Welcome to European Tribune. It's gone a bit quiet around here these days, but it's still going.
Obama does not see the United States as systemically broken and therefore, I think he believes he's doing a pretty awesome job. Obama is the product of the system and it worked for him. So, how could it be broken?

There's a new article out in Vanity Fair by Todd Purdum that paints a picture of Obama realizing Washington is broken, but doesn't think he can do anything about it, so he's just going to plow ahead with what he thinks is right and hopes history will prove him right (because of course history is never written by people with an ax to grind).

I'm with you on this, Magnifico. A much better article was this one by John Judis, "The Unnecessary Fall," noting the many shortcomings of the Obama Administration. My reaction to that article was very much along the lines of what you just wrote.

Obama doesn't see the US as systematically broken. He just thinks it needs the right technocrat in charge. It's not just that Obama believes in elite individuals - he believes in elite institutions. He believes the supposedly "collegial" Senate processes are good and should be respected (which was the content of his only appearance at Daily Kos, back in 2005 to chide the netroots for criticizing the Senate's acquiescence to the John Roberts nomination).

He believes the financial industry is inherently good and should be respected - sure, there were some reforms that were needed, but those reforms were intended to help the existing financial industry continue to do what it is doing. He believe health insurance and pharmaceutical companies can play a constructive role in health care delivery and that we shouldn't try to cut them out of the process.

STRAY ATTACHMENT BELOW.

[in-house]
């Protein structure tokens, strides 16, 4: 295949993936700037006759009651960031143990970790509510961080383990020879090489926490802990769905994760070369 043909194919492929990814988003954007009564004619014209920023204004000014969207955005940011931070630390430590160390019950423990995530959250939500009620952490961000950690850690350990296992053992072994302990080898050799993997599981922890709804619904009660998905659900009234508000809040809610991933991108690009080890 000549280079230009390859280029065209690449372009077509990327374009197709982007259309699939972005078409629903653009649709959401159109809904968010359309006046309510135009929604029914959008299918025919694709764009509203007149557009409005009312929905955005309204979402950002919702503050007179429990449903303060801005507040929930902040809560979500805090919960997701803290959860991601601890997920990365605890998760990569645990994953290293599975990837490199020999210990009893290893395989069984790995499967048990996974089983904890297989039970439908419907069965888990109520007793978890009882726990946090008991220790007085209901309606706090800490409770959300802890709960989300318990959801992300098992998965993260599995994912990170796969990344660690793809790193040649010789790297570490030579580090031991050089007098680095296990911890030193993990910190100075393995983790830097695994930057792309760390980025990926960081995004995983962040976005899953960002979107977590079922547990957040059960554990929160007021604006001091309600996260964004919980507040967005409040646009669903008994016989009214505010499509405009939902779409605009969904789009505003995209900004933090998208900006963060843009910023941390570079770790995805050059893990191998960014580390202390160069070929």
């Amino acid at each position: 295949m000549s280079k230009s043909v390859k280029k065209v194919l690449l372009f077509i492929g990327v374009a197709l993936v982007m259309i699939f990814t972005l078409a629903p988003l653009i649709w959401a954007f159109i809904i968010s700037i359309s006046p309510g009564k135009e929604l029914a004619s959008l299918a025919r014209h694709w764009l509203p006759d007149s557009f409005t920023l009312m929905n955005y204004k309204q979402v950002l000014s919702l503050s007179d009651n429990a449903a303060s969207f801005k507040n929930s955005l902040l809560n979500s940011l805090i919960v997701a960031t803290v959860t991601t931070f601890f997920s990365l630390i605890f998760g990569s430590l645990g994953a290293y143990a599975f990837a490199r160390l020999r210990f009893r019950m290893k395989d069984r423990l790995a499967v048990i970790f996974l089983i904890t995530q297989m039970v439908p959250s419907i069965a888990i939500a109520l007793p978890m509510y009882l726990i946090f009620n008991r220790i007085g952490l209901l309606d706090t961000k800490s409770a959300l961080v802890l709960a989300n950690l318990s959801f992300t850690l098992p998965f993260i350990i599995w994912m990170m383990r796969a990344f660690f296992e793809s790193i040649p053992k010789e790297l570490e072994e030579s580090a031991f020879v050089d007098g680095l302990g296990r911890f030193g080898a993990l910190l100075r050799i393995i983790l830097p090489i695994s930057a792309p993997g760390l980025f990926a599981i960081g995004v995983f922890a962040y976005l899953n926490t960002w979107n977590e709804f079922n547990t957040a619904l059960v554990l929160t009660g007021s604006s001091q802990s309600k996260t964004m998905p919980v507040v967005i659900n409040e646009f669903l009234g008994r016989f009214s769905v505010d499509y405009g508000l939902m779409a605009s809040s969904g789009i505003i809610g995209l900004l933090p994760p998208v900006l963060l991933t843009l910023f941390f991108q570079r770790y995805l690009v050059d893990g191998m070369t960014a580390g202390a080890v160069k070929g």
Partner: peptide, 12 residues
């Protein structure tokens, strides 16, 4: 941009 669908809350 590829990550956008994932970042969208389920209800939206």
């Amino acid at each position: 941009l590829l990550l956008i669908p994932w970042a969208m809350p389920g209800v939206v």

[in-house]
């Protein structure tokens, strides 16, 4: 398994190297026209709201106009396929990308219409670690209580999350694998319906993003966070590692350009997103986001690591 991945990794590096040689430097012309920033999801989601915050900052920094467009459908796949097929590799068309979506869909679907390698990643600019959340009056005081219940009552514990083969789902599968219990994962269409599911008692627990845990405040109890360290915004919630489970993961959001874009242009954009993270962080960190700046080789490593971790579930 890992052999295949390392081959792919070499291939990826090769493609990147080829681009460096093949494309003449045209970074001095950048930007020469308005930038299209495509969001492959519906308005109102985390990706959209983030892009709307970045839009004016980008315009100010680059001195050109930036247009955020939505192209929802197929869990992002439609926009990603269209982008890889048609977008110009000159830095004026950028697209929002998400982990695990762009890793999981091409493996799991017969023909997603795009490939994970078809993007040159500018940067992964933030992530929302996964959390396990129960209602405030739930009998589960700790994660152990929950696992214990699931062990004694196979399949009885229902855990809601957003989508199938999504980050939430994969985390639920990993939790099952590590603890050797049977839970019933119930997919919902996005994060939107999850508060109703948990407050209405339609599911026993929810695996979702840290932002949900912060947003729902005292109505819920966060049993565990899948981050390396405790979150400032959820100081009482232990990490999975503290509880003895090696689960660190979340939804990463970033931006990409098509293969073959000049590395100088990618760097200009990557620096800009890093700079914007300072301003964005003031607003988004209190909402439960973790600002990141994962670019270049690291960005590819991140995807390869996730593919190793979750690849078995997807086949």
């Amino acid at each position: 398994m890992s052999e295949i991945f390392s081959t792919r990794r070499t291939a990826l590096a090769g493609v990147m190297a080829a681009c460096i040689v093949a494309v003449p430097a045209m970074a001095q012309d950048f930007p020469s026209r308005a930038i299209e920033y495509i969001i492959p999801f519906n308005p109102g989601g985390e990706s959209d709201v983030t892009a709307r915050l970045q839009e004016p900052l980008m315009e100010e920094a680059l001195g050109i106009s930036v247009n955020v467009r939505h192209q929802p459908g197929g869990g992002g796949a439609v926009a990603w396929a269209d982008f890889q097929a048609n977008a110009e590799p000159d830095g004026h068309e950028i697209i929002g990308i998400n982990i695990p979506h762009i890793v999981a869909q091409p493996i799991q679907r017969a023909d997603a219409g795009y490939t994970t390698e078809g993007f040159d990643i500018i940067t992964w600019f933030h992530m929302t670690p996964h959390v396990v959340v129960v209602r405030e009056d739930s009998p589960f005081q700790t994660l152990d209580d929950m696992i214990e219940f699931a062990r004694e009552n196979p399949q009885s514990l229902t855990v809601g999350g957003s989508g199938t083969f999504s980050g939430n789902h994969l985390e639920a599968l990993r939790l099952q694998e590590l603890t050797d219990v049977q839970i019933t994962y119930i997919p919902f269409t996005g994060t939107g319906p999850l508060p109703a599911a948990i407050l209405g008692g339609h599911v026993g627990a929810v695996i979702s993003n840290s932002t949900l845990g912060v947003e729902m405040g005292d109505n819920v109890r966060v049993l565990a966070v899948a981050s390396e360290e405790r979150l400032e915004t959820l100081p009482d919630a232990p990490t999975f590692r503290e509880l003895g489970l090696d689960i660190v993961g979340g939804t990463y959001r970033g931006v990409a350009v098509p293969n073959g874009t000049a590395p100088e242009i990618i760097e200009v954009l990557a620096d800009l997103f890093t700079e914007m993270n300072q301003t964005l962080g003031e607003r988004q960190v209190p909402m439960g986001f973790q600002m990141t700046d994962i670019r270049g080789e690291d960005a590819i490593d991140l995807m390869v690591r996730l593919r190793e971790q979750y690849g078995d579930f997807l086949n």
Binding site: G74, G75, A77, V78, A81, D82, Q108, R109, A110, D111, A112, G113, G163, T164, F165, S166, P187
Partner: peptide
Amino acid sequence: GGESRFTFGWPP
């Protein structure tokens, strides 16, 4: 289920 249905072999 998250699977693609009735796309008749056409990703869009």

All of this speaks to someone whose political instincts and values stopped evolving sometime around 1996. He hasn't accepted that each of those elite institutions have completely failed and need either dramatic overhaul or outright abolition, since he still believes in these elite institutions and the individuals who run them.

I also believe Judis is right that Obama abhors confrontation - his political philosophy as laid out in "Dreams of my Father" and "Audacity of Hope" make that quite clear - and that fits well with someone who is neither temperamentally or ideologically willing to challenge the elite forces that destroyed our economy. Obama understandably surrounded himself with advisors who shared that view - members of the existing elite. Obama brought on board Geithner, Summers, and Emanuel because they were part of an elite that Obama respected and thought was generally working pretty well.

As a result, Obama has a team of people who reinforce his own instincts - which misjudge the political mood, and which misunderstand the policy needs, of the country.

Judis is right that Obama risks repeating the Carter Administration, and all it'll take is a Romney or someone like that to look at the camera and ask "are you better off now than you were four years ago?" for a president who is out of touch with the public mood and unwilling to challenge a failed elite to not be given a second chance.

And the world will live as one

by Montereyan (robert at calitics dot com) on Tue Aug 17th, 2010 at 11:35:34 AM EST
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